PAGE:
Pink Things: You just started a podcast! Tell me about how you arrived at the decision to expand into podcasting. For those who might not know, what’s it about?
Ambivalently Yours: YES! I have been working on my podcast entitled Rebelliously Tiny for almost a year now, and I finally officially launched the first full episode last week. In each episode, I invite a special guest to help me respond to one the questions I have received on social media. I also create a drawing to go with each episode, based on the original question and the drawing it inspired. I wanted to make a podcast because in the last year I have really gotten into them. Listening to podcasts sometimes helps me calm my anxiety and I think that sound can be a really powerful medium through which to convey some of the emotions I tackle in my online drawings and writings. This podcast was also a way for me to do something that is really hard for me to do – ask for help. I’ve been feeling really overwhelmed with all of the questions I receive, and often feel really unqualified to answer them alone, so through the podcast I am reaching out to my community to try to offer better responses and hopefully encourage other conversations to happen elsewhere.
Pink Things: How did you land on the name?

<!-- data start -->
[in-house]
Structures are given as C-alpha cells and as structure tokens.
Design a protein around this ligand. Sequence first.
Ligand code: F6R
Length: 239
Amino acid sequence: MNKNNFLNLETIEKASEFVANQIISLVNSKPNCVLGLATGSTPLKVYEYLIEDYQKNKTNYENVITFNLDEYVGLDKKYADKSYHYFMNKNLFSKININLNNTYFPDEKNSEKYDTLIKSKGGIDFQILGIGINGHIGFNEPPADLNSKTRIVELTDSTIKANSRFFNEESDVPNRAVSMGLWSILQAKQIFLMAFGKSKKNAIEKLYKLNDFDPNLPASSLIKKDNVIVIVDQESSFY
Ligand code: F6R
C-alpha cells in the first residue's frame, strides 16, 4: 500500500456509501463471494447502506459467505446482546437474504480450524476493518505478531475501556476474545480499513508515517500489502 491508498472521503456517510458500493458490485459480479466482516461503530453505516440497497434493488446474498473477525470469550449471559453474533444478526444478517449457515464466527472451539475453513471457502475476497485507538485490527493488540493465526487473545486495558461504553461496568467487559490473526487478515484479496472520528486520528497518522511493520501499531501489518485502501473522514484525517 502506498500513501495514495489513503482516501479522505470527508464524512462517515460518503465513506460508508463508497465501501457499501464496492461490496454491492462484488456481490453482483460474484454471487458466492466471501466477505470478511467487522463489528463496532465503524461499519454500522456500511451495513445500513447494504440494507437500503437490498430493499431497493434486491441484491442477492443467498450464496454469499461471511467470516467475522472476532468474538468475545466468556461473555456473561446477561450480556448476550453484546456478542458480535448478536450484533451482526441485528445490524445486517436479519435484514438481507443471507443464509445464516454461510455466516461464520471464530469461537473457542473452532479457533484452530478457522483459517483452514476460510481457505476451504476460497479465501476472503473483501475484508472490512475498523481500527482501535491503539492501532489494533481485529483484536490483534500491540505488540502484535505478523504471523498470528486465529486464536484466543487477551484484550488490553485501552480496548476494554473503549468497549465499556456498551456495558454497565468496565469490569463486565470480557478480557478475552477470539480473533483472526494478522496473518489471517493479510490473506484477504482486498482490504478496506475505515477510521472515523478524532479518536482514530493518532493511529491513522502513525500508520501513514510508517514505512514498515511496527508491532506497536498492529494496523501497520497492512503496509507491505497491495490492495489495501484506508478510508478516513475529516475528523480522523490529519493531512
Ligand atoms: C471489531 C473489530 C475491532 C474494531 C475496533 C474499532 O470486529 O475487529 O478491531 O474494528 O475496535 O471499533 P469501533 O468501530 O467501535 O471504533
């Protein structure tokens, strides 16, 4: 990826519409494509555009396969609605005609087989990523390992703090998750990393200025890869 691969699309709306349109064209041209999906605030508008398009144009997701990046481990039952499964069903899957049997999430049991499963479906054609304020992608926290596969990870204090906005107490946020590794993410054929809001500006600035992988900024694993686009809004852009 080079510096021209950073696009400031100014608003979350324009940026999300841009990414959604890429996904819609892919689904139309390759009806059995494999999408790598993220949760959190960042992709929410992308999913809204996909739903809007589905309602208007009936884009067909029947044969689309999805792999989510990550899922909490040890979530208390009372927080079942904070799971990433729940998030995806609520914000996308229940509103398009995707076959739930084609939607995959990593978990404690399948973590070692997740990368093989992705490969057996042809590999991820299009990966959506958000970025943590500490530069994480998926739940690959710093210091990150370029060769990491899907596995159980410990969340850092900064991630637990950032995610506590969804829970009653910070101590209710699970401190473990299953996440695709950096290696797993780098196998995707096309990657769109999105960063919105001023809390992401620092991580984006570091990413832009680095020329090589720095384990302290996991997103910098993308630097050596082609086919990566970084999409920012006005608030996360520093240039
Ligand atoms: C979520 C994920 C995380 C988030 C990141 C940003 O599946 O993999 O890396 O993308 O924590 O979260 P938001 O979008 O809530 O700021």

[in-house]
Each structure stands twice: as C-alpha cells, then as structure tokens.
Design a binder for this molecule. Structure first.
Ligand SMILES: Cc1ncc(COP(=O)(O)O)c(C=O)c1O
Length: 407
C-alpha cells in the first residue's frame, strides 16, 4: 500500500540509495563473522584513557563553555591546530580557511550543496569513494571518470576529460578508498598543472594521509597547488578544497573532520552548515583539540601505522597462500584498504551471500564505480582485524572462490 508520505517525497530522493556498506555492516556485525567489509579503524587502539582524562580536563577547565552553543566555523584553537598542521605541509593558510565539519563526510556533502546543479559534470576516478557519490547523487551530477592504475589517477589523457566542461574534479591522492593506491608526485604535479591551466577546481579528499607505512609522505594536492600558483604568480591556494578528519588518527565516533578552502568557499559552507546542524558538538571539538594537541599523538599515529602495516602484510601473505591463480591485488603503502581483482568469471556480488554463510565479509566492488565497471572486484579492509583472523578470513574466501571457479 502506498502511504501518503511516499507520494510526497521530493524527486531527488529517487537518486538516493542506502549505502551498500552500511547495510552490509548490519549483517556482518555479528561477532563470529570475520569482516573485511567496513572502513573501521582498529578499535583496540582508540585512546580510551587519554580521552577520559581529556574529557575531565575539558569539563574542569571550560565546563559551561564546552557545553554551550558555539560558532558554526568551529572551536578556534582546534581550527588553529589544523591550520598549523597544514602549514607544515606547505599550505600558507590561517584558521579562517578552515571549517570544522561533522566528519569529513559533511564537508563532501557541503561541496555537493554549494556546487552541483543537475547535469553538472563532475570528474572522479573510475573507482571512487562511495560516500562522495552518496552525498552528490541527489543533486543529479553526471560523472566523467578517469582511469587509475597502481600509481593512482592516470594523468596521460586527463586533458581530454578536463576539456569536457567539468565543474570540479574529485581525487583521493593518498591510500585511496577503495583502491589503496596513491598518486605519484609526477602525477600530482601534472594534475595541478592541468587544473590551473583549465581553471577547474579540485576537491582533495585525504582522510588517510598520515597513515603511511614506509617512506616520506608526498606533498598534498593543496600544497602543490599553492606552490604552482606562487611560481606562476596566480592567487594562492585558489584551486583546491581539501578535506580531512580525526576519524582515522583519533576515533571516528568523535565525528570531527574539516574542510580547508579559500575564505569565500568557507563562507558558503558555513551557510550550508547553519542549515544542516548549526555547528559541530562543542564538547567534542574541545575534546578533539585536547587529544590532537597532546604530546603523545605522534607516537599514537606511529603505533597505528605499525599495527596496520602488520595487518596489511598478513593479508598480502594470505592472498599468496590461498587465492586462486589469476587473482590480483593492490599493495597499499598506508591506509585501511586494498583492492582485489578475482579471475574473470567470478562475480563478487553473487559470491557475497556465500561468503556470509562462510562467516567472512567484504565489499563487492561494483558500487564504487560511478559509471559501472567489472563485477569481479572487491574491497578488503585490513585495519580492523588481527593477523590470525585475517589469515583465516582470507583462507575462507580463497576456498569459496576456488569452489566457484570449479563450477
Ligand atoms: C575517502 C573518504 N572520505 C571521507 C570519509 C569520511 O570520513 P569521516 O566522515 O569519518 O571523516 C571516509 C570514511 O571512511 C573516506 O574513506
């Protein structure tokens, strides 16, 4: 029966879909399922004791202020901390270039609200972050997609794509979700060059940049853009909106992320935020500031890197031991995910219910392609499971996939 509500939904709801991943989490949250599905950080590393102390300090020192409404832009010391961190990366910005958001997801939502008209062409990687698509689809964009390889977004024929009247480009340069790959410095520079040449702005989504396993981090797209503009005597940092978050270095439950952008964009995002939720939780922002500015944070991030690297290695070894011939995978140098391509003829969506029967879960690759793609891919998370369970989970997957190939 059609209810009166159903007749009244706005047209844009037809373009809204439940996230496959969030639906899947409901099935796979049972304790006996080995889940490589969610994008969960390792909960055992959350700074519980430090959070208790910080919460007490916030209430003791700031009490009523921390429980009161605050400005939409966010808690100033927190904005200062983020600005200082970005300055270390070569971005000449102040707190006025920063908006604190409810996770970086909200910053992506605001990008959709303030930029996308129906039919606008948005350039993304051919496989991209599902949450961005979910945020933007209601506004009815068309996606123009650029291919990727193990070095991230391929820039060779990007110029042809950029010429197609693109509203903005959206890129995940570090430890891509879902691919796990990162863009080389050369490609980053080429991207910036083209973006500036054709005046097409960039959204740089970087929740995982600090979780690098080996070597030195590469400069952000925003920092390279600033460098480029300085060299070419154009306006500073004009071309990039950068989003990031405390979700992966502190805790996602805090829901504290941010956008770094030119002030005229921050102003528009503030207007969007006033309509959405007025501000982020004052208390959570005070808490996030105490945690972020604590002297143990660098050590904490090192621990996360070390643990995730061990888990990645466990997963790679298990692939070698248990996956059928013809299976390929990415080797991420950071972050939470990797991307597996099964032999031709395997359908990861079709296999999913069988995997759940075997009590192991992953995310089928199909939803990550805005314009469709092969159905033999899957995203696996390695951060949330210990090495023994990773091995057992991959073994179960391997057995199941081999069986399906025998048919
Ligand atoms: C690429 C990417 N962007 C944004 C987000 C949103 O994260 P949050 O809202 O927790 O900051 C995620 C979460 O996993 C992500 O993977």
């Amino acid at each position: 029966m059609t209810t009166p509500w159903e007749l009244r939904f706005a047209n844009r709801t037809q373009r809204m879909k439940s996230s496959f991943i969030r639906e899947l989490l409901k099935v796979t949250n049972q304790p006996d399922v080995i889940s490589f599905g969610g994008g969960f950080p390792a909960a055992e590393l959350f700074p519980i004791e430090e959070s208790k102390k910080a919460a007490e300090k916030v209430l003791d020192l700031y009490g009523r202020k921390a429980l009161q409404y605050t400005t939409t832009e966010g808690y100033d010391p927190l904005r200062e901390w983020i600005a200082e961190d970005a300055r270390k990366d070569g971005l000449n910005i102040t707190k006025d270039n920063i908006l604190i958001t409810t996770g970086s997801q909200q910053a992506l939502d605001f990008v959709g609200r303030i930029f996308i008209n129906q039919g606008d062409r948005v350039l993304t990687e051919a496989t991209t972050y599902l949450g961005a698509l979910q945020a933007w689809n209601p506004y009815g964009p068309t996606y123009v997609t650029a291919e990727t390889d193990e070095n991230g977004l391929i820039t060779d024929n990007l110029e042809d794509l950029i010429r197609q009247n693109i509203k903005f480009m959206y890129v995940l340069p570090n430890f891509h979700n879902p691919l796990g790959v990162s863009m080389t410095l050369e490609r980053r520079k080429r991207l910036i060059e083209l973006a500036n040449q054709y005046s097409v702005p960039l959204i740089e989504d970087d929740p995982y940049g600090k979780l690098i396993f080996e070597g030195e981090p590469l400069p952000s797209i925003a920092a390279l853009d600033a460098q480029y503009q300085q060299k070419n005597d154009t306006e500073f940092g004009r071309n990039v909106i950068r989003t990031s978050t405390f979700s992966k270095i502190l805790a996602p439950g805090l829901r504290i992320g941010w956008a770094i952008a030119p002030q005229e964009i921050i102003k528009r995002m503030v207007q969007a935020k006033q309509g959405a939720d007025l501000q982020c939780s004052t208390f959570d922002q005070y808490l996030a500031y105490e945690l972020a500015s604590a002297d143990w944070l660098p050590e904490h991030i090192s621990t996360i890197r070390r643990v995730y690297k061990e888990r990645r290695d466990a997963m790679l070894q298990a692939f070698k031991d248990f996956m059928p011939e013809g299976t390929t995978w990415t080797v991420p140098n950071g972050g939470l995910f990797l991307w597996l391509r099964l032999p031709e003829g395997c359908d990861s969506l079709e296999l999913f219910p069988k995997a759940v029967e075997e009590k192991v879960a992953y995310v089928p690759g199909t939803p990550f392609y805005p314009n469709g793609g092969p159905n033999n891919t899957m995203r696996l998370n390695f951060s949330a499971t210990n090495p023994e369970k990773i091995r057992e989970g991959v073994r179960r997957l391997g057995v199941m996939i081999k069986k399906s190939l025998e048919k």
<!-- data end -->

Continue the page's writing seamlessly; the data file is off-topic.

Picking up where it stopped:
Ambivalently Yours: A few years ago I made a little drawing with the words "Rebelliously Tiny" on it, and I always sort of liked that expression. Then as we started putting the podcast together, it occurred to me how we were trying to do something so big, with such a small team and budget, which in a way felt perfect. I think that there is this notion that strength is loud and masculine, whereas I wanted to create a place where strength could be something else – something small, but rebellious.
Pink Things: Who are some of the guests? Do you have anything special planned that you can tell me about?
Ambivalently Yours: Each guest is someone from my IRL or URL community who I admire and trust. Some I know really well, others I know the way you know anyone online (by following their social media, knowing only the intentionally curated version of each other). All of the guests are really different from one another, in age, as well as race, gender, and sexual identity, to better reflect the multitudes of identities of the people who write to me.
Pink Things: Do you feel like you loose a little bit of your anonymity with the use of your voice on the podcast? It can be such an identifier!